- Avoid coffee, tea and calcium supplements an hour before or after a meal.
- Consume enough lysine in your diet (primarily from legumes such as chickpeas, lentils, and beans).
- Consider using a cast iron pan or iron fish (iron fish is a piece of cast iron that can be added to food as it cooks, releasing iron into the food).
Vegan Food Sources of Iron
Vegetables High in Iron
Leafy green vegetables including spinach, swiss chard, collard greens, kale and broccoli tend to be vegetables that are higher in iron 1. These leafy greens are all excellent food sources of iron for vegans as they contain many other important nutrients.
Dried figs, raisins, green peas (technically a legume), cooked tomatoes (like tomato sauce) and sweet potato are some other vegetables and fruits high in iron for vegans 1.
Other Vegan Foods Sources of Iron
Iron fortification into cereals and refined grain products (including pasta, white flour and white rice) is mandatory in Canada 5. Fortification of iron into plant-based and vegan meat substitutes is also mandatory so these can be a convenient food source of iron for vegans 5.
Some plant-based milk alternatives may be fortified with iron as well. Check the label to see how much iron is present in these vegan foods.
Iron Supplements for Vegans
Routine iron supplementation for vegans is not generally recommended unless chronic low levels of iron are confirmed by blood test and/or the diet is low in iron. If you have a history of low iron levels, speak with your doctor or dietitian before making any dietary changes and before starting/ stopping any supplements.
If a vegan has suboptimal levels of iron (early functional deficiency) iron supplementation or vitamin C supplementation may be required 3. Speak to your doctor or dietitian find a plan that works for you.
If a vegan is diagnosed with iron deficiency, doctors often recommend iron supplements appropriate for the individual. Sometimes people prefer to correct nutrient deficiencies through food alone but it is always recommended to listen to your doctors recommendations. Do not start or stop taking supplements without speaking to your doctor first.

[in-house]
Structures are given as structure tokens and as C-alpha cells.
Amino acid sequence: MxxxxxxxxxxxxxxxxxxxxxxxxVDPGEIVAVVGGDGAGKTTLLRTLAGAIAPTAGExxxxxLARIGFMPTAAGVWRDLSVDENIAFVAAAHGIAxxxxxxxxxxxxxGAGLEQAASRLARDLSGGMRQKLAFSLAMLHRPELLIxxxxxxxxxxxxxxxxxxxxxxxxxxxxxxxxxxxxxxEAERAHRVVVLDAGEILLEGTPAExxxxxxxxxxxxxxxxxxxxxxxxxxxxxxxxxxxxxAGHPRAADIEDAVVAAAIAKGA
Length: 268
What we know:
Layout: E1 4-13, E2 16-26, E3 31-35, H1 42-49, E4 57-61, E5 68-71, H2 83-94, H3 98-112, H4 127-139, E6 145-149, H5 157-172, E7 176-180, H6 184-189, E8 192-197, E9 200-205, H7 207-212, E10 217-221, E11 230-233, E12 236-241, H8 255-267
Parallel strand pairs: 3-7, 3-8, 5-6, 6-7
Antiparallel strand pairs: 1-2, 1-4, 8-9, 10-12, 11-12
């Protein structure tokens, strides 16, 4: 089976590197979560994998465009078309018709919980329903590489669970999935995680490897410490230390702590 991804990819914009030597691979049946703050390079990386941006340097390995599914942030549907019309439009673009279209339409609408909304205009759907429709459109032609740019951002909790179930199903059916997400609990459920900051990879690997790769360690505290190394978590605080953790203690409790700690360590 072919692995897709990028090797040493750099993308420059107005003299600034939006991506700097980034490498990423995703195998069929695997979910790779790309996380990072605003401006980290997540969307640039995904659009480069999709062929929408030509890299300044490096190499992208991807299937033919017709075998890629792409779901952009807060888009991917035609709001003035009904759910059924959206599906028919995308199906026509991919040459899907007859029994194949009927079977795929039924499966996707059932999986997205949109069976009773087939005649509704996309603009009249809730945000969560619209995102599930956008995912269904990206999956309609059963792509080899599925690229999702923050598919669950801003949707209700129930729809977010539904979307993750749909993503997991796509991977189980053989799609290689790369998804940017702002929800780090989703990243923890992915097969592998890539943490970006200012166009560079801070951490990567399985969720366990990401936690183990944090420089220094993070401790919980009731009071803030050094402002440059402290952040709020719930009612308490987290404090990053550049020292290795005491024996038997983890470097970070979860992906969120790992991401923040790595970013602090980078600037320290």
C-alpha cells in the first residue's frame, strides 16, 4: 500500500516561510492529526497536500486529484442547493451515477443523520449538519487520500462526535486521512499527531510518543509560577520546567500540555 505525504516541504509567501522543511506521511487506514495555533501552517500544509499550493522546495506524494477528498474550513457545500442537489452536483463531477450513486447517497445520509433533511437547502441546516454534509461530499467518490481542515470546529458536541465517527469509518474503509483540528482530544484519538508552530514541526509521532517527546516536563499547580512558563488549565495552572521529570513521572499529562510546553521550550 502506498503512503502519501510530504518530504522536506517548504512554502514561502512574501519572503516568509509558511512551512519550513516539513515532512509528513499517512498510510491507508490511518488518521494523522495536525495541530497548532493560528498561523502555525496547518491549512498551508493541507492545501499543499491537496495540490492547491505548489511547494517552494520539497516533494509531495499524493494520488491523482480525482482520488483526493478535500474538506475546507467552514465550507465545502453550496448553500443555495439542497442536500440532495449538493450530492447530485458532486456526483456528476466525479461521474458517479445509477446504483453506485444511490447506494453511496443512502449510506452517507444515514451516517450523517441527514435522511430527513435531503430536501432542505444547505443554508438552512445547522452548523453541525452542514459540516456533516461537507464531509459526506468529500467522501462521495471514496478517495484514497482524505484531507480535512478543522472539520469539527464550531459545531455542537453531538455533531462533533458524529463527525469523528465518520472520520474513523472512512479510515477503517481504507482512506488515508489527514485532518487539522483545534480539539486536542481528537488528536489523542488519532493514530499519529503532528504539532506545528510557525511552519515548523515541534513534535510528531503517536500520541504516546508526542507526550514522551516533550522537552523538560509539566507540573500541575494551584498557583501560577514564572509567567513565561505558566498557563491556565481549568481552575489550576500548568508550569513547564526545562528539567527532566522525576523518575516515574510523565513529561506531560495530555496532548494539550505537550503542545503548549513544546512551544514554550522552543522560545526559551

Once iron levels are back within normal range, work with your doctor to find a plan that works for you to maintain these iron levels. Some doctors may believe meat or animal products are necessary to maintain iron levels, but to my knowledge, there’s no research to support this. Meat may be a convenient source of easily absorbed iron, but it is not the only source, and a vegan diet with adequate intake of iron-rich foods along with vitamin C should be able to meet an individual’s needs 1, 3. If you have low iron even with an adequate intake, speak with your doctor to see if there’s something else that might be inhibiting iron absorption.
Summary: Iron for Vegans
Iron is an essential nutrient for vegans to consider. Vegan diets can provide adequate levels of iron, however absorption is an important factor to consider. Health Canada currently recommends for plant-based eaters to consume 1.8x more iron compared to people eating a “mixed” diet.
Eating foods high in iron with a source of vitamin C is the recommended way for vegans to meet iron intake requirements as this can significantly improve iron absorption from plant-based foods. Routine supplementation with iron for vegans is typically not needed unless you have difficulty maintaining healthy iron levels through food alone. Work with your doctor and a dietitian to find and eating pattern and/or supplement plan that works best for you.
Confident you're meeting nutrient needs as an adult vegan? If not, grab my free, 3 page vegan nutrition cheat sheet that outlines 9 essential nutrients for adult vegans!
Learn more about the Vegan Nutrition Cheat Sheet!
- Iron Part 1—Basics
- Review on iron and its importance for human health
- Iron Part 2—Research
- Dietary Reference Intakes
- Foods to Which Vitamins, Mineral Nutrients and Amino Acids May or Must be Added
- The Regulation of Iron Absorption and Homeostasis
Please note that this is a curated list of references for the topics above and is not intended to be comprehensive.